The Dalai Lama is coming to town soon, and this made me tell my partner the story of when I shook his hand, and of some other great things that happened when I spent a few weeks in Dharamsala in the mid 1980s. I thought I’d write it down…

I stayed in a guest house in Dharamsala for a few weeks, right beside the Dalai Lama’s monastery. One day, someone in the street was telling people that he would be receiving visitors. I showed up at the announced time, and there was a ceremony, and then he shook everyone’s hand. So that’s how I got to shake the Dalai Lama’s hand.

That was a highlight of my visit for sure, but I’ve got a couple equally great memories. One day I was walking down the street, admiring the rhododendrons, when I heard chanting coming out of a building. I stood by the doorway and listened, and then someone invited me in. I went upstairs, into this relatively small room, in which monks were chanting in very low pitches, with overtones simultaneously on top. Pretty mind-blowing. The other was playing music with Tibetan teenagers who were playing some kind of Tibetan lute – I had an electric guitar (a Japanese Tokai Strat that was one of the best guitars I ever played, and which I stupidly traded for tablas that I never played and finally just sold for $40 in a garage sale). I was just doing some kind of blues jamming, but it seemed to work.


Finger drums for everyone!

I’ve been finger drumming for about a year and a half now, and it’s so much fun and so useful that I can’t believe I’ve never seen anyone else doing it in public. By finger drumming, I don’t mean tapping your fingers on a desk. I mean hitting something with your fingers that produces the sound of drums. While it may not yet be a visible craze in the streets, you can see lots of kids on YouTube finger drumming on phone apps along with songs, and many performers finger drumming on samplers. I play mostly on apps on my iPad or iPhone, and have passed many hours playing and practicing drums while sitting on a park bench, in cars, trains and planes, in offices waiting for appointments…. There’s never a wasted or dull moment when you have drums in your pocket!


In the cause of spreading this joy, I’m writing this post and making the videos below to tell and show you what you need to know to start finger drumming. I’m including some basics about rhythm in music, so that even if you’ve never played any other instrument, you should be able to start finger drumming. Musicians should be able to get something out of this too. Even though I’ve been playing music since I was a teenager, I’ve learned a lot through finger drumming. In particular, my time has improved immensely, which has affected my guitar playing, my keyboard playing, and especially my drumming. I was away for the last year, and didn’t touch physical drums, but I noticed a huge improvement when I got behind a drum kit again, and so did my friends playing with me (I’ve still got a long way to go, as you can tell in my finger drum videos). Finding a place to practice can be a major impediment to learning real drums, and even electronic drums can make a fair bit of noise. While there are many things you can’t do on finger drums that you can do with all four limbs, I can say from personal experience that the sense of time, as well as understanding of rhythmic patterns that you can develop in finger drumming, does transfer. Developing these abilities requires a bit of attention, so the material below may well be useful even to other finger drummers.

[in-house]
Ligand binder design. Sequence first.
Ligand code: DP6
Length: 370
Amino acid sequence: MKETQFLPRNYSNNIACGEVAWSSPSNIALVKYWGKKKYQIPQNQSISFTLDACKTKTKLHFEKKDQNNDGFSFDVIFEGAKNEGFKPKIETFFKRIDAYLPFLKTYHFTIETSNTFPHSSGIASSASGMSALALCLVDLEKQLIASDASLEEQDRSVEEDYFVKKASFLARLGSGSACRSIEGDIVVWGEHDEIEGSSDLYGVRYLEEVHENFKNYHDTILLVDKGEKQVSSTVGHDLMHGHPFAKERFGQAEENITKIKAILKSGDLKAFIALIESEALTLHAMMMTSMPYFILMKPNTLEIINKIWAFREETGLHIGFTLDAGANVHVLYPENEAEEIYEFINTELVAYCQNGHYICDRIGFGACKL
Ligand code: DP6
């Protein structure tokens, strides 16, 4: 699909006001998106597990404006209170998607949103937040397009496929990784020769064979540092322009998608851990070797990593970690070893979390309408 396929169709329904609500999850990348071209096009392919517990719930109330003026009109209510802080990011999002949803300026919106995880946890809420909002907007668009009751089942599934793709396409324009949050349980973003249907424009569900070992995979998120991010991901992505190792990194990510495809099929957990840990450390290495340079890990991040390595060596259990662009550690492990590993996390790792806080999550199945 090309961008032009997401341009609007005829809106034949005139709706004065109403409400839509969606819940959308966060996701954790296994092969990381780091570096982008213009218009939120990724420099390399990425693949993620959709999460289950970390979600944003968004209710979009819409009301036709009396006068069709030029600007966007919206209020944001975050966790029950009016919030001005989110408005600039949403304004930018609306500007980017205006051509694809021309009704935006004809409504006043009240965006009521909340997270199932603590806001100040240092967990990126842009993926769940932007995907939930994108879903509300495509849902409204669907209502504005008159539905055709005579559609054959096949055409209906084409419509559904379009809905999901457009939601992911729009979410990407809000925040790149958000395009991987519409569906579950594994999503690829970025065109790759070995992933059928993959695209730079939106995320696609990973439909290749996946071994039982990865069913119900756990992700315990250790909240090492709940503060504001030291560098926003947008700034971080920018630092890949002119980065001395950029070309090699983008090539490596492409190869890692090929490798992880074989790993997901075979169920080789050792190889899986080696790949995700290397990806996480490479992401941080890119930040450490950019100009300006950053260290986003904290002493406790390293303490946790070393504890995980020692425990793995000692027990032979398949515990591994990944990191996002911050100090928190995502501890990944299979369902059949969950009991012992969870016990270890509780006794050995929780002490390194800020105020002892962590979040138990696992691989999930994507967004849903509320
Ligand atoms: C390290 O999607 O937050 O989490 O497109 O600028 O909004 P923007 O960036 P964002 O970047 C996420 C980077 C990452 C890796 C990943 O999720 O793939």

Finger drum appAs I mentioned, I do most of my finger drumming using iOS apps. A lot of the available apps have you hitting images of a drum kit, which forces you to play Twister with your fingers. Way better is an app that uses images of pads, as on a drum machine or sampler. My favorite is Rhythm Pad, pictured at right. There is a free version, and getting rid of the ads only costs $2.99. It uses most of the screen space for the pads, and has the pad assignments in what are the right places for me (you can perhaps read them in the screenshot – if not check out the second video below to see what I mean). I worry that Android users may be out of luck – I’ve tried a few apps on a couple different phones, and I found them unusable because of the lag between tapping and sound. There are lots of physical pads available for i-devices and computers, which can be used to trigger lots of drum synths and samplers – finger drumming can open a pretty vast universe of musical possibilities. And conversely, musicians using samplers can stand to gain a lot by learning some finger drumming.

Rhythmic basics – 1,2,3,4